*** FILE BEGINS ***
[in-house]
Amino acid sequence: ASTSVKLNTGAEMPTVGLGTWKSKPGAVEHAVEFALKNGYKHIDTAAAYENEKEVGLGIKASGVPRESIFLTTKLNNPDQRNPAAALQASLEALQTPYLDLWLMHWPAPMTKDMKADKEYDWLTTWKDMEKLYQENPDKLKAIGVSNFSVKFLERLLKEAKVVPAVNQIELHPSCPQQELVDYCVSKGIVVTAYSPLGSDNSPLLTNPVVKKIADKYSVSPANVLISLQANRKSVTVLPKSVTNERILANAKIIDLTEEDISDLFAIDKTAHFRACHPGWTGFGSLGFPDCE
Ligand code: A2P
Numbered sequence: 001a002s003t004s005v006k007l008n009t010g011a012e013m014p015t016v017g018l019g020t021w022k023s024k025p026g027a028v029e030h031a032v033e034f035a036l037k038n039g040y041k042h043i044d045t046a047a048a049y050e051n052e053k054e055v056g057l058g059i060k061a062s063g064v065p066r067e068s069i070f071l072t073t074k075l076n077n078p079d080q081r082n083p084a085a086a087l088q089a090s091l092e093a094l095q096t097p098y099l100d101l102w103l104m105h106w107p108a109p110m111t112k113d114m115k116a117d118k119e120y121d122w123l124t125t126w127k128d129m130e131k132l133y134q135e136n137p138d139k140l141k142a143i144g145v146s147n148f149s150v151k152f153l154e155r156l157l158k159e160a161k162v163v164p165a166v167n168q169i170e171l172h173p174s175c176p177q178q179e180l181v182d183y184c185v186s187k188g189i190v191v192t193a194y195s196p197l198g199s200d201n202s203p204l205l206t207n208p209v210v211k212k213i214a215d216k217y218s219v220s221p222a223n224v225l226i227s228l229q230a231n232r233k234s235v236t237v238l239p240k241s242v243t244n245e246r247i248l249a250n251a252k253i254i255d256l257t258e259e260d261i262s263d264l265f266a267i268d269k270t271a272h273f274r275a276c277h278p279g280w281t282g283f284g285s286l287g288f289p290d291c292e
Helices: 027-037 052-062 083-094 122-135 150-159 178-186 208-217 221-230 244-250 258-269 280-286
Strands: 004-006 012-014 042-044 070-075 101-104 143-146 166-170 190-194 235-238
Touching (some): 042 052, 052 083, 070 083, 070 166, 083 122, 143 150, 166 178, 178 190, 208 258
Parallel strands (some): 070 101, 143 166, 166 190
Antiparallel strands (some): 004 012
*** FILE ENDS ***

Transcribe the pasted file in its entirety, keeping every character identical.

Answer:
[in-house]
Amino acid sequence: ASTSVKLNTGAEMPTVGLGTWKSKPGAVEHAVEFALKNGYKHIDTAAAYENEKEVGLGIKASGVPRESIFLTTKLNNPDQRNPAAALQASLEALQTPYLDLWLMHWPAPMTKDMKADKEYDWLTTWKDMEKLYQENPDKLKAIGVSNFSVKFLERLLKEAKVVPAVNQIELHPSCPQQELVDYCVSKGIVVTAYSPLGSDNSPLLTNPVVKKIADKYSVSPANVLISLQANRKSVTVLPKSVTNERILANAKIIDLTEEDISDLFAIDKTAHFRACHPGWTGFGSLGFPDCE
Ligand code: A2P
Numbered sequence: 001a002s003t004s005v006k007l008n009t010g011a012e013m014p015t016v017g018l019g020t021w022k023s024k025p026g027a028v029e030h031a032v033e034f035a036l037k038n039g040y041k042h043i044d045t046a047a048a049y050e051n052e053k054e055v056g057l058g059i060k061a062s063g064v065p066r067e068s069i070f071l072t073t074k075l076n077n078p079d080q081r082n083p084a085a086a087l088q089a090s091l092e093a094l095q096t097p098y099l100d101l102w103l104m105h106w107p108a109p110m111t112k113d114m115k116a117d118k119e120y121d122w123l124t125t126w127k128d129m130e131k132l133y134q135e136n137p138d139k140l141k142a143i144g145v146s147n148f149s150v151k152f153l154e155r156l157l158k159e160a161k162v163v164p165a166v167n168q169i170e171l172h173p174s175c176p177q178q179e180l181v182d183y184c185v186s187k188g189i190v191v192t193a194y195s196p197l198g199s200d201n202s203p204l205l206t207n208p209v210v211k212k213i214a215d216k217y218s219v220s221p222a223n224v225l226i227s228l229q230a231n232r233k234s235v236t237v238l239p240k241s242v243t244n245e246r247i248l249a250n251a252k253i254i255d256l257t258e259e260d261i262s263d264l265f266a267i268d269k270t271a272h273f274r275a276c277h278p279g280w281t282g283f284g285s286l287g288f289p290d291c292e
Helices: 027-037 052-062 083-094 122-135 150-159 178-186 208-217 221-230 244-250 258-269 280-286
Strands: 004-006 012-014 042-044 070-075 101-104 143-146 166-170 190-194 235-238
Touching (some): 042 052, 052 083, 070 083, 070 166, 083 122, 143 150, 166 178, 178 190, 208 258
Parallel strands (some): 070 101, 143 166, 166 190
Antiparallel strands (some): 004 012